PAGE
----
The Quickening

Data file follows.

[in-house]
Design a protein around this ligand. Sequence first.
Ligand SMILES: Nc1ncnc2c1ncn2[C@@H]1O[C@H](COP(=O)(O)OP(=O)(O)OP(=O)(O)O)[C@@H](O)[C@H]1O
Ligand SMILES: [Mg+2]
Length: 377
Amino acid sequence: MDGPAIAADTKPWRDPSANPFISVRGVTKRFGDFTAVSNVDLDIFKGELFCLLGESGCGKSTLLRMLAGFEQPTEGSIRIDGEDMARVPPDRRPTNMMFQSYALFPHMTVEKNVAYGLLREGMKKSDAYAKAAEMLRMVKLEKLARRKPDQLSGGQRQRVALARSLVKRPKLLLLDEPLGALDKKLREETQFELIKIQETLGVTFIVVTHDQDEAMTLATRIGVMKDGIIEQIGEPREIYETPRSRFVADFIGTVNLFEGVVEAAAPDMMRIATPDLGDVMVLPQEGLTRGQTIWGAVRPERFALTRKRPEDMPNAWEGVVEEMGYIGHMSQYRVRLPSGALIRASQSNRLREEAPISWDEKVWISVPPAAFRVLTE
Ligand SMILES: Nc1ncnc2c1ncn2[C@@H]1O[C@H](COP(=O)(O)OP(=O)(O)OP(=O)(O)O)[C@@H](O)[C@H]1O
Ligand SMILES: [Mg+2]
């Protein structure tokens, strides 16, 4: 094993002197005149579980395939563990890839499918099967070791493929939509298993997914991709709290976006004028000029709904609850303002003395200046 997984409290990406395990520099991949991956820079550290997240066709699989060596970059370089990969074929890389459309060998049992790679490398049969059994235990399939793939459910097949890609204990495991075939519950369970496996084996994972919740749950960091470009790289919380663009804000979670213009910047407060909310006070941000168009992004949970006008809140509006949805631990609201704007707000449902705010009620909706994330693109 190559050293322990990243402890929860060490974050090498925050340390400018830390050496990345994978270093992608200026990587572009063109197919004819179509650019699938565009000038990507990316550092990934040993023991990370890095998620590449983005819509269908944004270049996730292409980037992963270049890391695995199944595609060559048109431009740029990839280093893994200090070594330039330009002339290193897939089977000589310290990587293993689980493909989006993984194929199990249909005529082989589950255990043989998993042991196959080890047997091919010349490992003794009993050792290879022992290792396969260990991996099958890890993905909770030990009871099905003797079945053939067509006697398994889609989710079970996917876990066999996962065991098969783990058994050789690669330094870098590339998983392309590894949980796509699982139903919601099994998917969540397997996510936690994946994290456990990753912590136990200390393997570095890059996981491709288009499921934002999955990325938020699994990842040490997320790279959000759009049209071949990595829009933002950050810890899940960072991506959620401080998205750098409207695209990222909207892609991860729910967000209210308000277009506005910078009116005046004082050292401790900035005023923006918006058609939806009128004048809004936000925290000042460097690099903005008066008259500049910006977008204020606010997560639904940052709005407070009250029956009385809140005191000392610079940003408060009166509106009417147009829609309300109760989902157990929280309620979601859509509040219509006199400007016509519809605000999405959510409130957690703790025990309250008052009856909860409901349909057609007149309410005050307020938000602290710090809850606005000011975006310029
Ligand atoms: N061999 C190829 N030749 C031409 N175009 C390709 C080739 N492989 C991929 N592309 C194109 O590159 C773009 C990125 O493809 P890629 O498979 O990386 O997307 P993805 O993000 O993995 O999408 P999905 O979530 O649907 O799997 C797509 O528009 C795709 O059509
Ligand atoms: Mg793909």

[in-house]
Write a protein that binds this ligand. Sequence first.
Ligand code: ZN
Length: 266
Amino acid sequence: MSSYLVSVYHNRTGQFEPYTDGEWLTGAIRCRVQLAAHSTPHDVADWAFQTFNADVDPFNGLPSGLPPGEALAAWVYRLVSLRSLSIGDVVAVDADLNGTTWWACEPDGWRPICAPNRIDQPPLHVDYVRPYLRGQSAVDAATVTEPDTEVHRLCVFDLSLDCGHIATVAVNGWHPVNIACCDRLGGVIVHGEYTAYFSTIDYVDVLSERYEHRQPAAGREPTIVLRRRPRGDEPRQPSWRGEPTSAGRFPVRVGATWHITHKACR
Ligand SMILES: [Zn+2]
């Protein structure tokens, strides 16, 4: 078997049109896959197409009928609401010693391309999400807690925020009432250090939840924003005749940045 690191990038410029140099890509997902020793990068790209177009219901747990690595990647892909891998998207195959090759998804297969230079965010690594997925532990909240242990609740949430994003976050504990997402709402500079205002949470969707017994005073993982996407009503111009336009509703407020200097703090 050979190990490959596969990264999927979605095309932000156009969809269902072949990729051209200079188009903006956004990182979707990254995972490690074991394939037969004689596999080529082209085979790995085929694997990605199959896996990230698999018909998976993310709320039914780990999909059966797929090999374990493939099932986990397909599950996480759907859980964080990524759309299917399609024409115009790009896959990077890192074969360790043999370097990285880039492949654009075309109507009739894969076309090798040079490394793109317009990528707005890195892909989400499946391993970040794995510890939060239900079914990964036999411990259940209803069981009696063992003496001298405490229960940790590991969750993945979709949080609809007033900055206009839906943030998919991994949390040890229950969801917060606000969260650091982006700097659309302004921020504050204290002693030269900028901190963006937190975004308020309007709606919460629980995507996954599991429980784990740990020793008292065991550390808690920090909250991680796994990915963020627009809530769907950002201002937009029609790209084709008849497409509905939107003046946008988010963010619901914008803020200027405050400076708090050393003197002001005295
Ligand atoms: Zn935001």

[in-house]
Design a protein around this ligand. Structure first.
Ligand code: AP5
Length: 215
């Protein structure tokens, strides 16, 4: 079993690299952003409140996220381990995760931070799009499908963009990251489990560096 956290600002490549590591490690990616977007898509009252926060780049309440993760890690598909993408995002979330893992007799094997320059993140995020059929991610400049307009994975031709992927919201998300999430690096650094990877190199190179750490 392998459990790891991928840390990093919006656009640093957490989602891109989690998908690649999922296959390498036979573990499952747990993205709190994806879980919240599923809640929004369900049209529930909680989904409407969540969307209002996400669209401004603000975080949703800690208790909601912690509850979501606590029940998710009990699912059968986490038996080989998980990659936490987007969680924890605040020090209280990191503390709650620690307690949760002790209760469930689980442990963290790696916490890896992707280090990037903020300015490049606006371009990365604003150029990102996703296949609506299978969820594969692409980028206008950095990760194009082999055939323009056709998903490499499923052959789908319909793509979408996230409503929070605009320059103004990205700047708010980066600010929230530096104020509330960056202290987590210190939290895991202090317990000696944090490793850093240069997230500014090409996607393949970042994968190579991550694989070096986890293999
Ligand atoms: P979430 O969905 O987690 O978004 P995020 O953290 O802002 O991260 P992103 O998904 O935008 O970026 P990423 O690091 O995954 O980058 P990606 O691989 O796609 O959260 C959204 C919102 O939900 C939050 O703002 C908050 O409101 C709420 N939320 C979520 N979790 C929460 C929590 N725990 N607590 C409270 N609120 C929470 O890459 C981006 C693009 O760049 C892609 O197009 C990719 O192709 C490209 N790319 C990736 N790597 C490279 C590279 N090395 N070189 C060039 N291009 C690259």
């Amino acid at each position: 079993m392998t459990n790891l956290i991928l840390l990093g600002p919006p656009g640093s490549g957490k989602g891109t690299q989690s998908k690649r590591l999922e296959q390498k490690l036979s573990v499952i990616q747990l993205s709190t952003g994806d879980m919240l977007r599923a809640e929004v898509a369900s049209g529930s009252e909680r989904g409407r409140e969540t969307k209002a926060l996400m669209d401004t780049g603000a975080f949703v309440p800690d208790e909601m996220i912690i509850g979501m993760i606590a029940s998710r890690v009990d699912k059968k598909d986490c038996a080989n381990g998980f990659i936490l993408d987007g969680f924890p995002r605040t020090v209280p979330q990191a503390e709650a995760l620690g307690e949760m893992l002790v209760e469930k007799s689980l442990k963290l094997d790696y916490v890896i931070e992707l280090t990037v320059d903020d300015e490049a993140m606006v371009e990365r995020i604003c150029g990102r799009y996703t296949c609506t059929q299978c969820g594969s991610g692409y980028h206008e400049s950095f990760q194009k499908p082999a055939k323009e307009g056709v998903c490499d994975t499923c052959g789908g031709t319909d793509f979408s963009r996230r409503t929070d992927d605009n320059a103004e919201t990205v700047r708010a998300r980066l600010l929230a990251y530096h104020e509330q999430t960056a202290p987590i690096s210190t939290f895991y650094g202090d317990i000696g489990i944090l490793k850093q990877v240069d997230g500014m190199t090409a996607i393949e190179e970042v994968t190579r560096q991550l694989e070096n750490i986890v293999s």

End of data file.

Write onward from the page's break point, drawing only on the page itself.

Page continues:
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It would be unfair to compare Scottish post rock band Remember Rememberto Mogwai. Fortunately, it’s also completely unnecessary. On their sophomore LP, The Quickening, Remember Remember subvert conventional post rock expectations at every turn. Opener “White Castle” manages to manifest its electric groove into sheer prettiness, whereas “Ocean Potion” does almost the exact opposite. Songs tend to overstay their welcome, but the gorgeous string arrangements on “Scottish Widows” manage to make you put that aside. “Hey Zeus” flawlessly fuses rock implications with folk overtones and the formula of beauty contrasted with repetition sees broader variation in “Unclean Powers” as the record transitions to a darker tone. The shortest and title track, “The Quickening”, forgoes the fulsome sound of the earlier songs for a brief, affecting moment of vulnerability before the self-explanatory “One Happier” uses layers of dynamic sound without being overwhelming. Closer “John Candy” returns to the electric elements of “White Castle” to finish off the album. The Quickening shows promise consistently, morphing beauty into rhythm and funk into folk when you least expect it – unfortunately, with a lack of ambiguity, the album lays all of its cards on the table immediately. Sequences repeat with little variation and the formula feels a little stiff in execution by the halfway mark. With dynamic instrumentation being compressed into repetitive beat driven songs, Remember Remember have escaped the post rock trap of aggressive crescendo, but are limited by their own talent; content with having removed the constrains of their genre’s conventional structure, their willingness to stick to their strengths detracts from an otherwise potent album. The Quickening introduces some fascinating, well executed ideas, but refuses to go any further with them.

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